SCOTTSDALE, Ariz., - - We love the Mini Cooper. And we tell you that up front so that you can put everything we say about the all- new 2007 Mini Cooper in proper perspective.
Although it looks almost the same as the model it replaced, the Mini Cooper is bigger, not by much, and it's better by a bunch. That's saying something since the old Mini was about as perfect as a really small car could be.
On the 2007 Mini Cooper, all the sheet metal has changed and the engine is all new, too. That engine is the key to the Mini's success. On paper, it doesn't seem to pack much punch: 118 horsepower for the normally aspirated four cylinder and 172 horsepower for the turbocharged version. That's up from 115 horsepower and 168 horsepower for the old model respectively.
But at 2,546 lbs for the Mini Cooper and the 2,668 lbs. for the turbocharged Mini Cooper S it doesn't take much power to move it with pizzazz. Those mighty- mite power plants are mated to either a six speed manual transmission or six speed automatic gearbox.
We had the Mini Cooper S with a six- speed automatic transmission. We found the car extraordinarily fun to drive. Acceleration was bullet like, cornering seemingly could be done at right angle, and when it came to handling we could almost think the Mini where we wanted it to go.
The interesting thing about the Mini is that although it is a very small car, you get a feeling of expanse when sitting inside. The greenhouse glass provided clear sight lines all around. Add a panoramic moon roof, like we had, and we just didn't get that cramped feeling of many small cars.
The ride was really cool, too. The Mini's wheels are, much like a Go- Kart, at the corners. With its low center of gravity the two- door coupe literally hugged the ground. For a car with a relatively flat top and a pretty vertical windshield, there wasn't that much road noise either.
Our driving partner noted that on a flat stretch of road, our mini was cruising at more than 70 mph, yet the readout said we were getting 40 mpg. Now, that ain't bad in these times of volatile gasoline prices.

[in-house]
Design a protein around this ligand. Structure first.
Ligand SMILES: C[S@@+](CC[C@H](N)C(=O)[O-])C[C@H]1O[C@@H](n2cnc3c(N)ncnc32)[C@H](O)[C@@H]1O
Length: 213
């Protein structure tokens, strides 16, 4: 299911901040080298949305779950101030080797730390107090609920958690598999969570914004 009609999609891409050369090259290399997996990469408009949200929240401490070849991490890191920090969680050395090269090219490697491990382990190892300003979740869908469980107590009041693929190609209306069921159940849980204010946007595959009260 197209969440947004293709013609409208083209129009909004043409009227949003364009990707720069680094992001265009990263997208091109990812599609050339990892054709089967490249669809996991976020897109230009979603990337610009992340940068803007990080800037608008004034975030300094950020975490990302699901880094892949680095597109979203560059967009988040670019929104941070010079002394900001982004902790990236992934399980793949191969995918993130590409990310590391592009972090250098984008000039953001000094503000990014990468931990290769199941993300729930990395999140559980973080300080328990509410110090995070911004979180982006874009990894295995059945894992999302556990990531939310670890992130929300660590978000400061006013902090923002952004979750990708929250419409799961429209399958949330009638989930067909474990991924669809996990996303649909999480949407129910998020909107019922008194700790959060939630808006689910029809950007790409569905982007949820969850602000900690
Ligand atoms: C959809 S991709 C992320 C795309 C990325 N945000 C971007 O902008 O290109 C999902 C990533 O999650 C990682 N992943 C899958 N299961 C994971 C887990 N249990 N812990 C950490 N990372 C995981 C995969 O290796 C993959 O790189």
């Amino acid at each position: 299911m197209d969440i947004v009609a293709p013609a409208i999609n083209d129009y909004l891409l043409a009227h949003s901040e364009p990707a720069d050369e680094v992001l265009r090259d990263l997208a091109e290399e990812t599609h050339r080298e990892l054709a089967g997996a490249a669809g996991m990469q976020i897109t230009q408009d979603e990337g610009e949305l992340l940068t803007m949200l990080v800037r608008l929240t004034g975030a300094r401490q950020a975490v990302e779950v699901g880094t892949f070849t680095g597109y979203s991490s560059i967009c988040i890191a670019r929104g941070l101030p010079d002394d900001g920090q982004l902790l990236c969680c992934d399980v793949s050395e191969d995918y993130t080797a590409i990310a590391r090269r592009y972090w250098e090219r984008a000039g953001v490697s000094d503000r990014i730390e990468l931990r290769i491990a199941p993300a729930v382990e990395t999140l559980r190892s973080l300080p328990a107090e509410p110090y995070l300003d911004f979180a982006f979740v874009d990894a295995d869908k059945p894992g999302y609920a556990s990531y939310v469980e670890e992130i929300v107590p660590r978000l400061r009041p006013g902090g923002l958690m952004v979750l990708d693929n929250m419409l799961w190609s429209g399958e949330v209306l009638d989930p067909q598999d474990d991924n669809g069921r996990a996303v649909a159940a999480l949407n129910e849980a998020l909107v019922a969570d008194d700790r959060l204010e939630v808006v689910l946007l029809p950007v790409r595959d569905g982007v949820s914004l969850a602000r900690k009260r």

About the only drawback of the Mini is that although it had four seats, the back two are to keep insurance rates low. Only small children, very small children, could be comfortable in them.
Our other quibble can be solved with familiarity. The Mini's center stack is loaded beginning with an oversized speedometer. Then there was the info read out center, the CD player, controls for the lights, the climate, the windows, heated seats, the door locks, and the phone and on it went. Our test vehicle didn't have a navigation system but controls for it would be there, too. It all was neatly, with some space that provided breathing room, but it was a lot. However, an owner would get used to what's where from everyday driving.
And that's just the beginning. The Mini has something like 40 options not including its 14 paint colors and eight different upholsteries. It might have been hyperbole but an executive here said that the Mini has 150 trillion different combinations. One goodie is a lifetime subscription when you get a Mini equipped with satellite radio.
There are four models: the Mini Cooper, the Mini Cooper Convertible, the Mini Cooper S and the Mini Cooper S Convertible round out the lineup. Prices start at $18,700 for the Mini Cooper and $21,850 for the Mini Cooper S.
We feel the same about the new Mini Cooper as we did about the old one. It has still got a reserved slot in our imaginary garage.